01: On a Worldly Stage
Eric Morgan clutched his harness, his breath falling silent as the final countdown began. The hair on his hands stood on end and the tension was a palpable essence. He was equally amazed at what was about to occur and terrified at what it entailed.
A senior NASA pilot, Eric was aboard a much-heralded test of a new technology which promised to revolutionize space flight. It could also change human destiny forever. He stood to travel farther in a few seconds than every other earthling combined since they climbed from the primordial ooze. Instead of traveling miles above the Earth to the now defunct Space Station, hundreds of thousands to the Moon, or millions to the nearby planets, this would throw him light years into the unknown, without any forward momentum. Best of all, without tons of fuel, there was no chance of his ship blowing up under him.
The technology to accomplish this, the Interstellar Spatial Displacement Device (ISSDD), is a fancy term for teleportation. It’s not as sexy as it appears in the movies, requiring a huge infrastructure. Yet it would transport him from a stationary position inside an enclosed NASA laboratory to a point ten light-years away.
While the researchers felt confident that it worked, they encountered problems during testing. They could send things from one end of a lab to another, but faced complications they hadn’t anticipated. There was the obvious problem with moving two things into the same space, but there were ‘displacement’ issues too. In short, transmitting something to a stationary target caused it to fall into the object as gravity affected it before it completely materialized. This also determined how air molecules shifted on both ends of the teleportation. For the return trip, the capsule was programmed with a complex algorithm, accounting for the Earth’s rotation, elevated twelve feet in the air. That allowed it to materialize completely before falling to the landing pads beneath. The only solution to the displacement factor on the outward journey was to utilize areas with few stray elements.
Open space was the simple fix, but there were tremendous amounts of random junk within Earth’s solar system. The gravity of the sun attracted passing comets, and interspace collisions multiplied the debris filling the cosmos. That meant there were numerous miniscule objects traveling through the otherwise empty vacuum of space. Transporting into another object would have unpleasant effects.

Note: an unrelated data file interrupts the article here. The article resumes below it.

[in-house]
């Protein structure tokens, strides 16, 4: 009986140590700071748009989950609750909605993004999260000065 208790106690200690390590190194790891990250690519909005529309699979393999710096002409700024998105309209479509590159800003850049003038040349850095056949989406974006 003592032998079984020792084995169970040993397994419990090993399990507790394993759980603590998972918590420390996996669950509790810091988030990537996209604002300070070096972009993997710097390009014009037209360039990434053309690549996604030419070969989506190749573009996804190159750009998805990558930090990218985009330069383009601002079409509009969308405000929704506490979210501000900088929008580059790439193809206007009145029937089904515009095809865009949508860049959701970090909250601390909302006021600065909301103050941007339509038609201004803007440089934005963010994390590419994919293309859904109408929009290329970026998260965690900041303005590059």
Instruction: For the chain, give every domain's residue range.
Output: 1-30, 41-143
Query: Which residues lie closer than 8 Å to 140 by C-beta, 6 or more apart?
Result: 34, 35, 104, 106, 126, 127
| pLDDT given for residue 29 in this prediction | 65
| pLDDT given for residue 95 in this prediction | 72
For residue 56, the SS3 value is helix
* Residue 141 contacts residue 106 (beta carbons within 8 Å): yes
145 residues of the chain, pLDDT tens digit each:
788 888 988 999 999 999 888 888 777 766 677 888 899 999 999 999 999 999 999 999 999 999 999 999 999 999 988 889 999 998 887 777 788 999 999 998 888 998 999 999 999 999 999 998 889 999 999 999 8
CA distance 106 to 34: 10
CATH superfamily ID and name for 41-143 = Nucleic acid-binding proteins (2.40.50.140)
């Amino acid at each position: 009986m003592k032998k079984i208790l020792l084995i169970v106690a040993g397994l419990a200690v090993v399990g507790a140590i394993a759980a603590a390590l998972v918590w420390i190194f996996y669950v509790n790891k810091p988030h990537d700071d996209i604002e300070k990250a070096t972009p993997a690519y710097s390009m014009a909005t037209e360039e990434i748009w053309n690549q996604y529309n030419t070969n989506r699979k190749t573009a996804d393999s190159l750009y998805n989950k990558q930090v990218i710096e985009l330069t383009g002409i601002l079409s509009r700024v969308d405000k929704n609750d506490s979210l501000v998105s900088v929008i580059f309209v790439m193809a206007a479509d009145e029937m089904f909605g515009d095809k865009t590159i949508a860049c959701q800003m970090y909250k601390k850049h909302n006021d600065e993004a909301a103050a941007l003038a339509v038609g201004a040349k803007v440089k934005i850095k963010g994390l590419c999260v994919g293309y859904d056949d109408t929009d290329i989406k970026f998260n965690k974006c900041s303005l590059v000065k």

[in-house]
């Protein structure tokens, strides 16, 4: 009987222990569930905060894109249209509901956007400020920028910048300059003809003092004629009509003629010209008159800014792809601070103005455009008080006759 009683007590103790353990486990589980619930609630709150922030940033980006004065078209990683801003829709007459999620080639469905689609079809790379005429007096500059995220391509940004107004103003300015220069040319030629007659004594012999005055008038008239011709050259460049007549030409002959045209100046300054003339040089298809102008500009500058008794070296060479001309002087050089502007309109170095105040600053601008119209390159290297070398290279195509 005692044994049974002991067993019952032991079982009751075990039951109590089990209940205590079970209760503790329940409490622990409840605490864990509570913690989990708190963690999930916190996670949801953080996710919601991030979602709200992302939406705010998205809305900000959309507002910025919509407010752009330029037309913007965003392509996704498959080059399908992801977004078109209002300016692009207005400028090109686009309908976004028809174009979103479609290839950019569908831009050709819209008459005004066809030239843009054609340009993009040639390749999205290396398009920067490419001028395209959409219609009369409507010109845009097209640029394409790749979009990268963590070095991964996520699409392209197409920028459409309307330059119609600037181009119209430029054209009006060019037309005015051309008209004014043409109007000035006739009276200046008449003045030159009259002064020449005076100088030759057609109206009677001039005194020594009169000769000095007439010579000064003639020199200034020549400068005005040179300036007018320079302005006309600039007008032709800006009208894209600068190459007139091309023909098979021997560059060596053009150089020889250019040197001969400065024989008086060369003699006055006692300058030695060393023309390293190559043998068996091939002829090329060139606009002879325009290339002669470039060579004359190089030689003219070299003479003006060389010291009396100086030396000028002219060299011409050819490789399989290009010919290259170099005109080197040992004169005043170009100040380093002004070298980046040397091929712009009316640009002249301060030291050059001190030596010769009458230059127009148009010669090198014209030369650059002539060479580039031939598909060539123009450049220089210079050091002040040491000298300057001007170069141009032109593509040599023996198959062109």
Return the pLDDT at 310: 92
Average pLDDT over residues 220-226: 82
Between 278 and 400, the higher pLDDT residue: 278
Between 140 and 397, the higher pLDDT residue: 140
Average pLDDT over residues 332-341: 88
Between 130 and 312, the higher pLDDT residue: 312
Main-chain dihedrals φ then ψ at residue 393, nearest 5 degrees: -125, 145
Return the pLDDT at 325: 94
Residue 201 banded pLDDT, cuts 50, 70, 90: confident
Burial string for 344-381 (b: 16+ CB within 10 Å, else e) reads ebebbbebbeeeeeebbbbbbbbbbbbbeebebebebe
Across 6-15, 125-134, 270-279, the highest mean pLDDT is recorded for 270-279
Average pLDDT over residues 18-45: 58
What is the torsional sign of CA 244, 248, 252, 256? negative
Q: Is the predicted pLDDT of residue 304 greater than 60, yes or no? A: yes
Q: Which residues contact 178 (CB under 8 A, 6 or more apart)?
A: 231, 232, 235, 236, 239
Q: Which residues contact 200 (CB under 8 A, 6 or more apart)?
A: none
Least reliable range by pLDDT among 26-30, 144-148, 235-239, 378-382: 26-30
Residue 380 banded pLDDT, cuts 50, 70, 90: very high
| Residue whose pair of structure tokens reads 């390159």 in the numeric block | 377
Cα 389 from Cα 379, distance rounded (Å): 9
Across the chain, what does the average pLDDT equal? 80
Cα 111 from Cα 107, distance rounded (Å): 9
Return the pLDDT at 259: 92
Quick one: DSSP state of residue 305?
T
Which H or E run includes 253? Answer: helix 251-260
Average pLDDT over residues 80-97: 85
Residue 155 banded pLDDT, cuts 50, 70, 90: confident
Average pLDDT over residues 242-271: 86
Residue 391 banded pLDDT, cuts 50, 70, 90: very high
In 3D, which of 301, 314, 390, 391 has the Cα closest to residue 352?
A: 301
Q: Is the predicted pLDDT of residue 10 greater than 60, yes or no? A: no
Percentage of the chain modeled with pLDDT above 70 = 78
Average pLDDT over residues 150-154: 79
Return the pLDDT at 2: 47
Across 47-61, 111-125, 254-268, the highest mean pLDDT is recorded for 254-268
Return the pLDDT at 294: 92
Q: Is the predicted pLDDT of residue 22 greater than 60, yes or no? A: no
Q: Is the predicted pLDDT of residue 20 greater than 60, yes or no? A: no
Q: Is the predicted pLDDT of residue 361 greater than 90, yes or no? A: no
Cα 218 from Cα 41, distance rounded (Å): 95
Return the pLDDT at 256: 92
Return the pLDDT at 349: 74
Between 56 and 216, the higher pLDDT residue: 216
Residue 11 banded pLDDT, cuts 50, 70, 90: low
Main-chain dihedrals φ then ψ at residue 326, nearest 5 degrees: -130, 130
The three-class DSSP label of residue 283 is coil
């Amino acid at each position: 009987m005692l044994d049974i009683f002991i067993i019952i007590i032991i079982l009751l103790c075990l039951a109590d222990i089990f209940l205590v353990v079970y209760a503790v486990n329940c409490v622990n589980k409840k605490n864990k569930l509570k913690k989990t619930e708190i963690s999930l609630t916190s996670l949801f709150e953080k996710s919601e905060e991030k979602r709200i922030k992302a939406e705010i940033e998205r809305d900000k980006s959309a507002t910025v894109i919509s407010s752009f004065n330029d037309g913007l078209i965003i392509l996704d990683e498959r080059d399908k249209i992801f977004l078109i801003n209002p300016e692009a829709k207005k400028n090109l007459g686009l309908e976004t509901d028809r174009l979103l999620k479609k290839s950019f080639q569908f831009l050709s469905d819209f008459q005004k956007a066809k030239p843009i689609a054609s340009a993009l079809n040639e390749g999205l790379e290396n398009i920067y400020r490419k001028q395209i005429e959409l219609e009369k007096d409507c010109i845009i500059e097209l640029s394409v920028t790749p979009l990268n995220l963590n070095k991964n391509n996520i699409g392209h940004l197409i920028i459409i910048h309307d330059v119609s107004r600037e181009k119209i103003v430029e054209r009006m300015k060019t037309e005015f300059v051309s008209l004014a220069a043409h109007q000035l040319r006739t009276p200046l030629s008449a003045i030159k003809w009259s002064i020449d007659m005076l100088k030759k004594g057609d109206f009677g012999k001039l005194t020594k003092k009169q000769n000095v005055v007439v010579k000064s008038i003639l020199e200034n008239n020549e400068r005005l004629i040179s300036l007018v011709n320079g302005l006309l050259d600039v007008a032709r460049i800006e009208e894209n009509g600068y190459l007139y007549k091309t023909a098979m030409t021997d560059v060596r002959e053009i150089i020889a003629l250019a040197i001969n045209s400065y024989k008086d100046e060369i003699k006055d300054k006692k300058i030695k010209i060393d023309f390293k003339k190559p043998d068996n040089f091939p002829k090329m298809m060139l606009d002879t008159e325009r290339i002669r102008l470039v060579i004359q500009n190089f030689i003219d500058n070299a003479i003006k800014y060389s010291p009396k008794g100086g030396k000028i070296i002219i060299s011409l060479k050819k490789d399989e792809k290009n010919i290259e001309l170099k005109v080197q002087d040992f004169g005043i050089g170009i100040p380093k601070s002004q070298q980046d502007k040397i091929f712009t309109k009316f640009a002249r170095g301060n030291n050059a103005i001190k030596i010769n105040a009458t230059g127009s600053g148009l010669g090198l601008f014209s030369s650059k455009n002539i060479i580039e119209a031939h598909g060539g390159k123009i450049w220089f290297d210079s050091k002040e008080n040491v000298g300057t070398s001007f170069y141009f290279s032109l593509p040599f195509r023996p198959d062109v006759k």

That’s why they chose an area clear of potential obstructions; a particularly dark region where they’d never detected any celestial bodies. The hope was, while only there for a few minutes, they could determine where the universe’s missing mass was hidden. Since the estimated mass of visible objects didn’t account for the acceleration of the universe, scientists realized there were huge amounts of unobserved matter. There were several theories concerning ‘dark matter’ and ‘dark energy’, but being unable to detect, it has always been difficult to observe.
They speculated that the gravity which attracts objects to large bodies—such as stars—also disrupts dark matter. Seeking an area with no such dynamic, they were sending Eric’s ship to a region with no detectable physical objects. He stood to witness entities never before observed, from whether dark matter existed in such regions, to making entirely new astronomical observations. What he learned would influence future research into the nature of both time and space.
However, the biggest issue wasn’t technical or theoretical, it was practical. Without any earth-breaking projects in decades, NASA had steadily lost the interest and enthusiasm of the public, and more precisely, the legislators they relied on for funding. With the Space Station abandoned and Congress questioning the negligible benefits of manned missions to the other planets, NASA depended on this solitary initial flight to reinvigorate the public’s interest.
The idea was intriguing. They could transport a fully staffed crew near a foreign solar system and set up facilities for the future. They’d record all the details not otherwise possible, and return to plan the next stage of the endeavor. There were still numerous issues with reaching a habitable planet. Yet the concept of jumping from one observatory position to another whet the most hardened skeptic’s enthusiasm.
The problem with space travel is that our fastest rockets can only travel a fraction of the speed of light. With any meaningful destination hundreds of light years distant, it would take hundreds to thousands of years to travel there. What’s more, the resources required to maintain a sustainable crew were unrealistic. They’d have to recycle everything they consumed. They’d need to create a complete viable ecosystem which could survive for at least a hundred years with no room to expand. The idea you could do so without complications, when putting a few people in orbit in a closed container compromised their physical and mental health, was preposterous.